The planned route was almost 2,000 miles. It went up the Mississippi River to the Ohio, then to the Allegheny, north on the Conewago River to Chautauqua Lake, continuing across to Lake to Prendergast Creek and onwards to Montreal by way of Lake Erie and Lake Ontario. The completed trip would be made by water without any land portages.
The gold was to be delivered to His Majestys Royal Governor in Montreal. It was to be guarded with their lives, the voyagers were told. Regardless of the hardships received in such a trip, the valuable cargo was not to be taken by the hated English or the Seneca Indians. The party consisted of about twenty Frenchmen, two Jesuit priests, and several friendly Indian scouts. They made it up the Mississippi River to the mouth of the Ohio River, where they are believed to have camped for several days. They repaired the rafts and built canoes to be used later on the more narrow streams further north. As they traveled up the Ohio, the priests made maps and checked locations for forts and settlements to be built or started later.
They almost certainly stopped at the Shawnee Indian village of Sonioto, at the north of the Scioto River, where Portsmouth, Ohio, is today. The Shawnee were good friends with the French. At the forks of the Ohio River the party camped again before turning north up the Allegheny. They were now approaching the lands of the hated Seneca Indians. The bloodthirsty warriors would like nothing better than to scalp a few Frenchmen. A few years before, the Senecas had raided and killed over 200 French settlers in and around Montral. The voyageurs wanted no part of this Indian nation, their worst enemy. They changed their planned route. It was decided not to make the trip up the Conewago but to continue on the Allegheny to its headquarters. By doing this they might not contact the Senecas at all.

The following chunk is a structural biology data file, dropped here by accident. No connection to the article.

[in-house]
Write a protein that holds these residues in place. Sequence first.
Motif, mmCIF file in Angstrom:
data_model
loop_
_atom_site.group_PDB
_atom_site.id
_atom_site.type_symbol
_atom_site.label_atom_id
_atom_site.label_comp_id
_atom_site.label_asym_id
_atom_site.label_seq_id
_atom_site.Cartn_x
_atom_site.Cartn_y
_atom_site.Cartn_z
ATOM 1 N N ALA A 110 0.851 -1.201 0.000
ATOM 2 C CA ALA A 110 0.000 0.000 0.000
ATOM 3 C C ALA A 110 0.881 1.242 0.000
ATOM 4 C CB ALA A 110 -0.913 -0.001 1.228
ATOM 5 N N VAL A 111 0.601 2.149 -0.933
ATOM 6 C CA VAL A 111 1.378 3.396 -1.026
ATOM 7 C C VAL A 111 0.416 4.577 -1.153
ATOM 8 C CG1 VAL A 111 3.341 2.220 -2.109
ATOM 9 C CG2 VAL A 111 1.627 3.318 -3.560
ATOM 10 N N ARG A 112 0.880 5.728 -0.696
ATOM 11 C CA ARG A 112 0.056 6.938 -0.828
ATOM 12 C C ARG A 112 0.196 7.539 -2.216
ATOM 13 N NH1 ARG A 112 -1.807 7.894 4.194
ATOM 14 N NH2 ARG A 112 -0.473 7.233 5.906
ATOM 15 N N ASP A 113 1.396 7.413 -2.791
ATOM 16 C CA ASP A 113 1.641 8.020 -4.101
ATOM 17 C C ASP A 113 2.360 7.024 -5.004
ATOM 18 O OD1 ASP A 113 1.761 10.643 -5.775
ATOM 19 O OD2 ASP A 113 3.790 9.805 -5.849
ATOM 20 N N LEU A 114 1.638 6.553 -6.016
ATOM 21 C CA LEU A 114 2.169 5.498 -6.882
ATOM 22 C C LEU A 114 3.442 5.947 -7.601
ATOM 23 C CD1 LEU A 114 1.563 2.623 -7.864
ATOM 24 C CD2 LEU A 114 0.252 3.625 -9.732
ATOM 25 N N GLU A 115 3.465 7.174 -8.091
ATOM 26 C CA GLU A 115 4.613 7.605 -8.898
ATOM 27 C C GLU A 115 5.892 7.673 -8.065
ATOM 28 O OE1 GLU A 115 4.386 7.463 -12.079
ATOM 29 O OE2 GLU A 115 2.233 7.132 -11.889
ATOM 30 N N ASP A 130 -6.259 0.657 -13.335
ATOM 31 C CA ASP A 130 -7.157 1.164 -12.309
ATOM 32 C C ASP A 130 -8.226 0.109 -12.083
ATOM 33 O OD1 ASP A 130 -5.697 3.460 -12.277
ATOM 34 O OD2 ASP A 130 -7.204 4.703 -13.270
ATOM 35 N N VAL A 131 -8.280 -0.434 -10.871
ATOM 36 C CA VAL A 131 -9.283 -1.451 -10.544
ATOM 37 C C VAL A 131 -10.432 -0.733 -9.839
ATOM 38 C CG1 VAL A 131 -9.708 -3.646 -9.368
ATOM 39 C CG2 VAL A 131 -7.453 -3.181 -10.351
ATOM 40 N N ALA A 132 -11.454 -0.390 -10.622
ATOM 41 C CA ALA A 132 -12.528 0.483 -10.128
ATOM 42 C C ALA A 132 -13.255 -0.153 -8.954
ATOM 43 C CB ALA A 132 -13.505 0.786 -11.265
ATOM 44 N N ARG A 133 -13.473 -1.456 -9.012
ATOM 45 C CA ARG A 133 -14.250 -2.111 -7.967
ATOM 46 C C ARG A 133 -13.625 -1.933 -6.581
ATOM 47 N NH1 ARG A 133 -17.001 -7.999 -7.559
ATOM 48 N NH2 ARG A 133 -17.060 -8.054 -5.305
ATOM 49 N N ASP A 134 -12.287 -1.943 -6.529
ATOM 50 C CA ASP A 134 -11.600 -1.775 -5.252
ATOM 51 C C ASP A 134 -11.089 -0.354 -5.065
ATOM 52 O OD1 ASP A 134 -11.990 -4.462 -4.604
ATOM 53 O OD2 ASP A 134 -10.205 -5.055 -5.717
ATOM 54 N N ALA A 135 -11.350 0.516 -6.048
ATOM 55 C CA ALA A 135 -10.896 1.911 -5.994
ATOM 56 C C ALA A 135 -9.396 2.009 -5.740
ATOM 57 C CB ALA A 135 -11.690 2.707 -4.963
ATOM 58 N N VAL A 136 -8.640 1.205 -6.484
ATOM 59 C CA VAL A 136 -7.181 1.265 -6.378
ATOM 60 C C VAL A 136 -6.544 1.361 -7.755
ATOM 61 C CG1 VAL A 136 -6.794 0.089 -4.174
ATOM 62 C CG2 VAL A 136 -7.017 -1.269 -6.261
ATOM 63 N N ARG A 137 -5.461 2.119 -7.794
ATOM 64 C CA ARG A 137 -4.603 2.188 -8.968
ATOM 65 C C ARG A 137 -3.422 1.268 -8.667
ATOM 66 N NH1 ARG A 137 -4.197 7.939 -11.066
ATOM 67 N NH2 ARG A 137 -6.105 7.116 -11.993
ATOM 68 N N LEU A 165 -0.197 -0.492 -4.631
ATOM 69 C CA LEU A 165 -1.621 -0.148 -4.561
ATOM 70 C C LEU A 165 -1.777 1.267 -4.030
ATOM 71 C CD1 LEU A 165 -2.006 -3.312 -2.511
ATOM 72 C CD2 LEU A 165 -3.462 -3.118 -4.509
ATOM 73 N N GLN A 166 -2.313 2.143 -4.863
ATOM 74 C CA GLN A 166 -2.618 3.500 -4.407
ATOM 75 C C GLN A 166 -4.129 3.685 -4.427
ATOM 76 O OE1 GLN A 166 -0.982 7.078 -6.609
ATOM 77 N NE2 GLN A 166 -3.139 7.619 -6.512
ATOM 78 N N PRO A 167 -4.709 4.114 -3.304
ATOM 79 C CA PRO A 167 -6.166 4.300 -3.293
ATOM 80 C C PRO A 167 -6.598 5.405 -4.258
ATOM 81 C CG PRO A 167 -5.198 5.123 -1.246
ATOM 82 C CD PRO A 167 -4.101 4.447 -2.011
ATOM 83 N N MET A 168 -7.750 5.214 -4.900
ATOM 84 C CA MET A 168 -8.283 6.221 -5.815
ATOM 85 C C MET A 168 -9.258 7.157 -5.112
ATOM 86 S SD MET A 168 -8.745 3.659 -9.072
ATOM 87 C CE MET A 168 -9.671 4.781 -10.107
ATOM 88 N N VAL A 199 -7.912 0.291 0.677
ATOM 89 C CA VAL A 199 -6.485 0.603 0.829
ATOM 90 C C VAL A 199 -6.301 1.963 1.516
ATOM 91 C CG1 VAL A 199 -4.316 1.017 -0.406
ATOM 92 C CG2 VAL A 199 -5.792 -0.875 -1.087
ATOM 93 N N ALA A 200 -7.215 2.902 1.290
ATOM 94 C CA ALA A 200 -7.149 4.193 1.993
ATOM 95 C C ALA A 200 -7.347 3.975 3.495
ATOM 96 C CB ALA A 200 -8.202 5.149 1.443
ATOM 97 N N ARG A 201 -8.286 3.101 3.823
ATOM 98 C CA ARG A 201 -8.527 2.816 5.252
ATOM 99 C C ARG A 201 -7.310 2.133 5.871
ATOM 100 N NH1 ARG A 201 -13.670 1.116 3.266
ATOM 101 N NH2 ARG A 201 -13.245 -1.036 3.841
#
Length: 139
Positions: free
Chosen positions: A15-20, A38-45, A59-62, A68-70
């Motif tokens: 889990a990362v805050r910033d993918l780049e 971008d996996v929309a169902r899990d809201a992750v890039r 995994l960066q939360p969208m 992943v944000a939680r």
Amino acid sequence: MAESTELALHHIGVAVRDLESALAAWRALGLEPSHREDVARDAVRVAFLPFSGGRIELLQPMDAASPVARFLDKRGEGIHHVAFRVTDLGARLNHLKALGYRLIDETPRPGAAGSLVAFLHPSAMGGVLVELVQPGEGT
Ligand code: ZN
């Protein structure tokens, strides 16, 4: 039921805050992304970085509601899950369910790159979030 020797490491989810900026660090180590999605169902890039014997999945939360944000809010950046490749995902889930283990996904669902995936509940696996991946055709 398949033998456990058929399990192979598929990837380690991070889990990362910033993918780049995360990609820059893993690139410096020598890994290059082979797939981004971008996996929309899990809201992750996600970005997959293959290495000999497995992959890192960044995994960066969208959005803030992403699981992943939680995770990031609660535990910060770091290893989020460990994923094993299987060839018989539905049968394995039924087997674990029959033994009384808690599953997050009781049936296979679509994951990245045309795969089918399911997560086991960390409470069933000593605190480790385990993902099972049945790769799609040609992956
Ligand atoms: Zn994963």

At the head of the Allegheny, they could continue onto the Genessee River and then go on north to Lake Ontario. After turning southeast, it is believed that the Frenchmen reached a point near what is now Coudersport, Pennsylvania. They had been attacked by the Senecas several times during their trip up the Allegheny, but had fought them off. Realizing that Indian runners would bring enough warriors to annihilate them, the Frenchmen decided to bury the gold and continue the trip on foot to the Genessee River. They could return for the gold later.
The legend says that they traveled to what is now known as the Valley of Borie, in Potter County. Near a large rock as big as a house, they buried the kegs of gold. The priests chiseled a cross into the rock as a marker. A crude map was made of the area, and then the party headed back to the Allegheny. By traveling at night and hiding during the day, they finally made it to the Genessee River and on to Montreal. They reported to the Royal Governor that they had buried the gold near the head of the Allegheny River and had marked a large rock at the location
The Senecas learned about the rock in the Borie area that had a strange carving, like two crossed sticks, upon it. Thinking that the carving was a religious totem of the French, and therefore dangerous to them, the superstitious Indians never disturbed it.
Because of the war with the Senecas and the threat of the English, no record of the Frenchmen returning for the gold can be found. It is believed by many that somewhere near the head of the Allegheny River in Pennsylvania is a buried treasure of gold worth over $300,000. It has never been reported found.